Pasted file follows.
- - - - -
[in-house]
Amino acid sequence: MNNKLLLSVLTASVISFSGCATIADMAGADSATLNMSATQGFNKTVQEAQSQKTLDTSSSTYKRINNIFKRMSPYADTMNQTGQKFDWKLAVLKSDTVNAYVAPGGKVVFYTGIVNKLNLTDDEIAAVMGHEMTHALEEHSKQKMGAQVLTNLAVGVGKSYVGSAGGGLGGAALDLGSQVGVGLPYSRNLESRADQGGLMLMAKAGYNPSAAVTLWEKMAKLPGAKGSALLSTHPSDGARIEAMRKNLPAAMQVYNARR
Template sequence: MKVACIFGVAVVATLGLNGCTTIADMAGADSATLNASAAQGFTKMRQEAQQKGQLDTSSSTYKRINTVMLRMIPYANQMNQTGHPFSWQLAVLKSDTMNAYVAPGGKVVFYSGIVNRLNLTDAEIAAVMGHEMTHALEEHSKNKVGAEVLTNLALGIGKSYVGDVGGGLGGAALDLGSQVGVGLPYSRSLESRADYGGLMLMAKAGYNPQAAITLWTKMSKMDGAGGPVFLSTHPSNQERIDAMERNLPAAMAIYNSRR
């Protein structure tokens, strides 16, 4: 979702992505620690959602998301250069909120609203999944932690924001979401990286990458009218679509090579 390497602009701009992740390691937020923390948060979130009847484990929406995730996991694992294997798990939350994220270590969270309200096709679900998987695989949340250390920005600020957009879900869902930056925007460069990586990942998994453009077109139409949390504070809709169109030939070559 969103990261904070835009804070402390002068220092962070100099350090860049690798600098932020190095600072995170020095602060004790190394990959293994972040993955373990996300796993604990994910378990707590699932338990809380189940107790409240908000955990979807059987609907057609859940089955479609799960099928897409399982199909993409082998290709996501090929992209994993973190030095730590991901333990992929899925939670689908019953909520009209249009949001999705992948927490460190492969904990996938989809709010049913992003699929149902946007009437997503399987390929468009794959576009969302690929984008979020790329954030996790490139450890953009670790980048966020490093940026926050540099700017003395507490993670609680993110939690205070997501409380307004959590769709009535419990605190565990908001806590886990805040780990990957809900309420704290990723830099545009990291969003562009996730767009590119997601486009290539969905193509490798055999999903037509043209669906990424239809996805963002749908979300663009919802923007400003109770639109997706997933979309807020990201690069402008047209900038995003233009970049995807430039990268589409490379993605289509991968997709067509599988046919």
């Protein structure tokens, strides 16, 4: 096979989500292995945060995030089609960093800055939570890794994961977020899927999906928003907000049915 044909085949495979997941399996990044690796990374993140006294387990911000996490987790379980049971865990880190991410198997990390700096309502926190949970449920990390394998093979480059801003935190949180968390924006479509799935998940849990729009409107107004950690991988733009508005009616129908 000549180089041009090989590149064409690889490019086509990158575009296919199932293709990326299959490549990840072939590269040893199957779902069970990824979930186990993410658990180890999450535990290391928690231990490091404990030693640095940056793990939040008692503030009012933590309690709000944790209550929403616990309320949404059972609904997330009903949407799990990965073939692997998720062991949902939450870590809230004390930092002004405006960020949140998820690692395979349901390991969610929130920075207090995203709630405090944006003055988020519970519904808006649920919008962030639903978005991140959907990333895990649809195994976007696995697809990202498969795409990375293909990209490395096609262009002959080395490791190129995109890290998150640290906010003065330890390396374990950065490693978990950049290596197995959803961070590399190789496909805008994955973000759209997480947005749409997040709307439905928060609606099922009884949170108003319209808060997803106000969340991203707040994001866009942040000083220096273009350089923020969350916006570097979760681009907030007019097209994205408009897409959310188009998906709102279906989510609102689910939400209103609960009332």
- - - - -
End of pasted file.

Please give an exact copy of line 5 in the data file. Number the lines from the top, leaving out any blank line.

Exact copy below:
């Protein structure tokens, strides 16, 4: 096979989500292995945060995030089609960093800055939570890794994961977020899927999906928003907000049915 044909085949495979997941399996990044690796990374993140006294387990911000996490987790379980049971865990880190991410198997990390700096309502926190949970449920990390394998093979480059801003935190949180968390924006479509799935998940849990729009409107107004950690991988733009508005009616129908 000549180089041009090989590149064409690889490019086509990158575009296919199932293709990326299959490549990840072939590269040893199957779902069970990824979930186990993410658990180890999450535990290391928690231990490091404990030693640095940056793990939040008692503030009012933590309690709000944790209550929403616990309320949404059972609904997330009903949407799990990965073939692997998720062991949902939450870590809230004390930092002004405006960020949140998820690692395979349901390991969610929130920075207090995203709630405090944006003055988020519970519904808006649920919008962030639903978005991140959907990333895990649809195994976007696995697809990202498969795409990375293909990209490395096609262009002959080395490791190129995109890290998150640290906010003065330890390396374990950065490693978990950049290596197995959803961070590399190789496909805008994955973000759209997480947005749409997040709307439905928060609606099922009884949170108003319209808060997803106000969340991203707040994001866009942040000083220096273009350089923020969350916006570097979760681009907030007019097209994205408009897409959310188009998906709102279906989510609102689910939400209103609960009332």